Sudify Transforms Botanicals into Bold Jewelry
The eye-catching jewelry line is the creation of a Minnesota horticulturalist.
As a farm educator with a education in horticultural science, Susan Storck isn’t your traditional jewelry designer. But if you look closely at the pieces she creates under the brand Sudify, you’ll see horticulture at their center—literally and figuratively. The self-described “plant freak who is also an artist” combines clear epoxy resin with real flora and fauna for her wearable designs.
While she founded her line in 2015, the Minneapolis-based designer recently gained attention for her work on display as part of Light Grey Art Lab’s “Winterland” exhibition, which is currently on display at the Whittier gallery. The intricate pieces features tiny botanical scenes made of lichen, ferns, moss, and tiny dried flowers within striking geometric shapes. Some of her designs are made completely from organic material encased in epoxy resin, such as a pair of ginkgo biloba leaves she collected in Minnesota. Earlier this week, the designer released a new collection of angular designs in an eye-popping palette of hot pink, white, and black.
I caught up with the designer about how she decided to combine horticulture with jewelry, what inspires her designs, and the unique process that goes into making her pieces.
Tell me about Sudify’s origin story. Why did you decide to start incorporating plants into the designs?
My work celebrates the beauty of the natural world. I have always loved autumn in Minnesota, probably because of the beautiful foliage. In autumn of 2015 I was on a mission to preserve sumac leaves in a durable way, and discovered epoxy resin. Once I had these durable leaves I realized the best way to display them way to wear them as jewelry. This is was the inspiration of Sudify jewelry. The name "Sudify" stems from my nickname, Suda. I created a definition for the brand: Sudify [soo-duh-fahy] verb (used with object), sudified, sudifying. 1. to preserve the form or qualities of objects found in nature via resin: to sudify a leaf. Once I became comfortable using resin with leaves it inspired me to try other natural objects. I have always found lichens extremely beautiful and like to display them, as a gemstone would be, in my jewelry. I also use ferns, flower petals, moss, seeds, twigs, fungi, basically anything I can collect while hiking around Minnesota. All of the pieces I create are wearable pieces of art made from nature.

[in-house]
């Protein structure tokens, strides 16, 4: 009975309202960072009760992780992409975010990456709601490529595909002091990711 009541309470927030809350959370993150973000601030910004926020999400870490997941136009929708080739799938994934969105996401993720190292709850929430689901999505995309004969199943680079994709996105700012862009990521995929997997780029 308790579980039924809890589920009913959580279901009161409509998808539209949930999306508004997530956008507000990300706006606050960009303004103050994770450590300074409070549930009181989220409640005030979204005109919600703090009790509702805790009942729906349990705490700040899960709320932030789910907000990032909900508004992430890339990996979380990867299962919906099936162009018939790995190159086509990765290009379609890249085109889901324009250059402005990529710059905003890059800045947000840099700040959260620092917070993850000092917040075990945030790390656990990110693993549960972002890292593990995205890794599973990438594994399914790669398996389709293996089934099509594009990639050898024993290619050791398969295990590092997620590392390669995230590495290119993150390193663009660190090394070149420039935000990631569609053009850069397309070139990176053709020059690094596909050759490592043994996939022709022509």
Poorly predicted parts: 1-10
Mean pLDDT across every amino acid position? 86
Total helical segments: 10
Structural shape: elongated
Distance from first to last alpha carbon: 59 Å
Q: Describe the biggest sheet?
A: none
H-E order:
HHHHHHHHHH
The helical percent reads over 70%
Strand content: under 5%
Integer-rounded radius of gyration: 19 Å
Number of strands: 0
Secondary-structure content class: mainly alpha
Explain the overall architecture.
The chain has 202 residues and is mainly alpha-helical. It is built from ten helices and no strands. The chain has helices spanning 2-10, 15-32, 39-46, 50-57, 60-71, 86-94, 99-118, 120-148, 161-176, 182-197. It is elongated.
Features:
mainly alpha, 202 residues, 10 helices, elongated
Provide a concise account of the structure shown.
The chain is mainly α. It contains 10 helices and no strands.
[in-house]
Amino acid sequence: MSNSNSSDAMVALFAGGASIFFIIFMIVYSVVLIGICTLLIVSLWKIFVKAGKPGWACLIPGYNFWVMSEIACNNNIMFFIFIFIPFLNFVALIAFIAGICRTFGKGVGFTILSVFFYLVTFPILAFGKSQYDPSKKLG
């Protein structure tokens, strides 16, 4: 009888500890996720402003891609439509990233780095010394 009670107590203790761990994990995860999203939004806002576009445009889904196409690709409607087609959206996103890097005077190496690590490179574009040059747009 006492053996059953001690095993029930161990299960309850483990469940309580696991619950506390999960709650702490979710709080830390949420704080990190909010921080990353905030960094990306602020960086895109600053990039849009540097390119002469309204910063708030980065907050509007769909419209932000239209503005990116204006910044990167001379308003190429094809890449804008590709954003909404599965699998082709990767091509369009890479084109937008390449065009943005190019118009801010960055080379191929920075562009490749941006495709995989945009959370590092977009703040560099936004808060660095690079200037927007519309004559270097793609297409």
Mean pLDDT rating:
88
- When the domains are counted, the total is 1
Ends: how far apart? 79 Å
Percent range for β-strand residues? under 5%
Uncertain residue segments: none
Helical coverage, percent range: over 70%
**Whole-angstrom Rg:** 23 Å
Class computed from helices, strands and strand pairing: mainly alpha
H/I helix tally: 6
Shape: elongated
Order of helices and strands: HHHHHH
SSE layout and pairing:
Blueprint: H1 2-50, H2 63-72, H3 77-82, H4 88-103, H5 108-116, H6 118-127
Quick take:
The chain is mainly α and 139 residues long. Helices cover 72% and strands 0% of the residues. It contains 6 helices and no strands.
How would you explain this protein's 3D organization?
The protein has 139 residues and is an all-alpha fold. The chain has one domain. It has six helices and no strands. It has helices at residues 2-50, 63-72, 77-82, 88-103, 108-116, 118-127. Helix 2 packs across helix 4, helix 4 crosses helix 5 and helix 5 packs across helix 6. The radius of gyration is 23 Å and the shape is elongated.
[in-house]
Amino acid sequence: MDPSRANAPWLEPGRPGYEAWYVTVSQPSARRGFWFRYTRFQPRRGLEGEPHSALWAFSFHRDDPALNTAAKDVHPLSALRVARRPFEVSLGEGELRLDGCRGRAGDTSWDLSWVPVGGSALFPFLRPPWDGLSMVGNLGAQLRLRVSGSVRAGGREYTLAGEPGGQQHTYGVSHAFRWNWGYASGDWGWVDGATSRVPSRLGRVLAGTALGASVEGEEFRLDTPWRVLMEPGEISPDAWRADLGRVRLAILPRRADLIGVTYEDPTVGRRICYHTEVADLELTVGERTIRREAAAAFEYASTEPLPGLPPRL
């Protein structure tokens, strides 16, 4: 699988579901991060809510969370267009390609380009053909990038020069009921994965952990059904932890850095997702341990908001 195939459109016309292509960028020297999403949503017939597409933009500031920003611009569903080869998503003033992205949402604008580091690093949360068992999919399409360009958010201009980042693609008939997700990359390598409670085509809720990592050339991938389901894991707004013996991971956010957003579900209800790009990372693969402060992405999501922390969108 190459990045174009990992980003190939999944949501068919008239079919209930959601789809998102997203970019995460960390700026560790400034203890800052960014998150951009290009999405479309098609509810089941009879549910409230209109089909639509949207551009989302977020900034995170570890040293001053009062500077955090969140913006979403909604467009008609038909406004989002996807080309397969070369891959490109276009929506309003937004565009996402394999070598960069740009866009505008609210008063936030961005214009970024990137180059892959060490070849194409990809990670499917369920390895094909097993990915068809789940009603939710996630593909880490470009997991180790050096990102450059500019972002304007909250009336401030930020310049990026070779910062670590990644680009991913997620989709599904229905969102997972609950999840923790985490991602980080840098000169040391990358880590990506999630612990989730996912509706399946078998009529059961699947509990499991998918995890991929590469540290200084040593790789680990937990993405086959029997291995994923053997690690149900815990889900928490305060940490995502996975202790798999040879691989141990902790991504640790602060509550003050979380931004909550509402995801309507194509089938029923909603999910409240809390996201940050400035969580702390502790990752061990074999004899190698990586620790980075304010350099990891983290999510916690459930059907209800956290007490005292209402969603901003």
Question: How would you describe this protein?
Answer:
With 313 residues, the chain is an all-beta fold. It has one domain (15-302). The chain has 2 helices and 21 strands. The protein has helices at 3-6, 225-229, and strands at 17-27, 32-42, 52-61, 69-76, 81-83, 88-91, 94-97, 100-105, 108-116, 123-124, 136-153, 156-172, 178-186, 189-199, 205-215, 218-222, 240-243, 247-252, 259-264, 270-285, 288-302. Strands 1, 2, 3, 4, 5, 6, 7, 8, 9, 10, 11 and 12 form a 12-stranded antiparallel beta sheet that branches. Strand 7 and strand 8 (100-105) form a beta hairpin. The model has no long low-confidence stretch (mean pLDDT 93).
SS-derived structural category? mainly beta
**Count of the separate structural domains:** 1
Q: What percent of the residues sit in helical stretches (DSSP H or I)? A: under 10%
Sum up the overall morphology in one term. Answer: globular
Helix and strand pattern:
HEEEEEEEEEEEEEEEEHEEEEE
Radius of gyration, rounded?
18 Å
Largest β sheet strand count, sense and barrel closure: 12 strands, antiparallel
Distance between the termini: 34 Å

What is it about plant life that inspires your jewelry designs?
I find plants fascinating, beautiful, and have created a life where I am always surrounded by them. I studied horticulture in college and have worked on farms ever since. I have over 100 houseplants—I don’t know if I should be proud or admit to a problem!—and constantly am hiking around the beautiful natural areas surrounding the Twin Cities. The beautiful lines, colors, and unique textures found in natural objects are an inspiration in my jewelry. I find them so inspiring my main goal is to highlight their unique beauty by showcasing them in a wearable fashion. I also think being in nature and around plants is very grounding and calming. I hope that my jewelry also can elicit that natural response to being in nature.
What is the process that goes into making your jewelry?
I collect natural objects throughout the seasons in Minnesota. I hike with a backpack as well as a phonebook in the backseat of my car so I can collect and preserve objects as I go! My work can be a bit seasonal, lichens in winter, moss and ferns in spring, flowers in summer, and leaves in autumn. Once the natural materials are fully dried and preserved I coat them with a thin layer of epoxy resin. I then pour or paint multiple layers onto the object and embed them either in a frame or have them stand alone. Once the piece is fully embedded in resin, I attach findings to turn them into earrings, rings, or necklaces.
What are the “frames” for the plants made from?
I design and custom cut the frames for my pendants out of cast acrylic (hard plastic) or basswood using a laser cutter.
Why juxtapose bright colors and angular shapes alongside the organic, natural forms of the plant life?
I love the contrast between soft organic lines and geometric shapes, I find them very complimentary. I want my pieces to pop and draw your eye in and then notice the natural beauty embedded within. I am a huge fan of Moorish architecture and feel like that influence sneaks into my frame designs.
Where did you get the idea to offer bridal packages?
A friend’s wedding! She wanted to save her bouquet for sentimental reasons, but was leaving for her honeymoon the next day so I was tasked with preserving it. I pressed the flower petals and created “flower confetti” inside pendants for her. The bridal packages have been a great way for brides to preserve their wedding flowers and also make a great gift for the bridal party! They also take up much less space than a dried bouquet and you can wear it out and about.
Sudify jewelry can be found in the Twin Cities at Gallery 360, Homespun Decor and Gifts, Corazon, at Light Grey Art Lab as part of "Winterland,” on display through Feb. 21, and online at sudify.net. Get free shipping with code FEBFREE through February. Sudify will also be featured in Valentine’s Day pop-ups (Friday, Feb. 9 from 4–8 p.m. @ HWY North at Groundswell Coffee in St. Paul & Sunday, Feb. 11 from 11 a.m.–4 p.m. @ Nick Earl Pottery Studio, 16885 Square Lake Trl N., Stillwater) and at Sisyphus Brewing (Tuesday, Feb. 13 from 6–10 p.m.). For custom pieces, email email@example.com.